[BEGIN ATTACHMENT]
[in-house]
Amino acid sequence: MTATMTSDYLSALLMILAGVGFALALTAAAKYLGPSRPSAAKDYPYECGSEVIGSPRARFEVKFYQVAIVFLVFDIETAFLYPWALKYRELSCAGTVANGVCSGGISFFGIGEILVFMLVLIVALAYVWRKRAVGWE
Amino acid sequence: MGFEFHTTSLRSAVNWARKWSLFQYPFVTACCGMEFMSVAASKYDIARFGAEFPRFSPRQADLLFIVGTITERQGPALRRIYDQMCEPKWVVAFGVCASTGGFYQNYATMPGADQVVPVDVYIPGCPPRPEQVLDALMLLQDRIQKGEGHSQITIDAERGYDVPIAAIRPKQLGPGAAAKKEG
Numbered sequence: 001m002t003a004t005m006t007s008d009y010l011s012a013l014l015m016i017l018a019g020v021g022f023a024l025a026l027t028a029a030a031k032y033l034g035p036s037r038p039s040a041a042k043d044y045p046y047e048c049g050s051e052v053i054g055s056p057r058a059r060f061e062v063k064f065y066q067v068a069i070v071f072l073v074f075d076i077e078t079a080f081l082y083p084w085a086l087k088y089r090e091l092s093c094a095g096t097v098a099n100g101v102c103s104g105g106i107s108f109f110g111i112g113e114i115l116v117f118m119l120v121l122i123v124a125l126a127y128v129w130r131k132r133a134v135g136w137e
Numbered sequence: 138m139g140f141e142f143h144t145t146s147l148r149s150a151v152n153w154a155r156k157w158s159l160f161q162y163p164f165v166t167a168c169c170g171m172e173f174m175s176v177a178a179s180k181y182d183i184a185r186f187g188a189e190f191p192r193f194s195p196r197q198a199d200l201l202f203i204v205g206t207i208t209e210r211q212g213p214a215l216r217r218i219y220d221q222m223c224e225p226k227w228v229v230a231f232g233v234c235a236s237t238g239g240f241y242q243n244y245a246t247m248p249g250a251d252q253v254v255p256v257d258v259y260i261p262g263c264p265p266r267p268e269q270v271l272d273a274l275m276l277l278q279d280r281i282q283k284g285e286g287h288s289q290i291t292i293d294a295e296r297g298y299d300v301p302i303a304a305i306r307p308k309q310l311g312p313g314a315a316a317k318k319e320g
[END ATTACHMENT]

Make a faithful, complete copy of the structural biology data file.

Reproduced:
[in-house]
Amino acid sequence: MTATMTSDYLSALLMILAGVGFALALTAAAKYLGPSRPSAAKDYPYECGSEVIGSPRARFEVKFYQVAIVFLVFDIETAFLYPWALKYRELSCAGTVANGVCSGGISFFGIGEILVFMLVLIVALAYVWRKRAVGWE
Amino acid sequence: MGFEFHTTSLRSAVNWARKWSLFQYPFVTACCGMEFMSVAASKYDIARFGAEFPRFSPRQADLLFIVGTITERQGPALRRIYDQMCEPKWVVAFGVCASTGGFYQNYATMPGADQVVPVDVYIPGCPPRPEQVLDALMLLQDRIQKGEGHSQITIDAERGYDVPIAAIRPKQLGPGAAAKKEG
Numbered sequence: 001m002t003a004t005m006t007s008d009y010l011s012a013l014l015m016i017l018a019g020v021g022f023a024l025a026l027t028a029a030a031k032y033l034g035p036s037r038p039s040a041a042k043d044y045p046y047e048c049g050s051e052v053i054g055s056p057r058a059r060f061e062v063k064f065y066q067v068a069i070v071f072l073v074f075d076i077e078t079a080f081l082y083p084w085a086l087k088y089r090e091l092s093c094a095g096t097v098a099n100g101v102c103s104g105g106i107s108f109f110g111i112g113e114i115l116v117f118m119l120v121l122i123v124a125l126a127y128v129w130r131k132r133a134v135g136w137e
Numbered sequence: 138m139g140f141e142f143h144t145t146s147l148r149s150a151v152n153w154a155r156k157w158s159l160f161q162y163p164f165v166t167a168c169c170g171m172e173f174m175s176v177a178a179s180k181y182d183i184a185r186f187g188a189e190f191p192r193f194s195p196r197q198a199d200l201l202f203i204v205g206t207i208t209e210r211q212g213p214a215l216r217r218i219y220d221q222m223c224e225p226k227w228v229v230a231f232g233v234c235a236s237t238g239g240f241y242q243n244y245a246t247m248p249g250a251d252q253v254v255p256v257d258v259y260i261p262g263c264p265p266r267p268e269q270v271l272d273a274l275m276l277l278q279d280r281i282q283k284g285e286g287h288s289q290i291t292i293d294a295e296r297g298y299d300v301p302i303a304a305i306r307p308k309q310l311g312p313g314a315a316a317k318k319e320g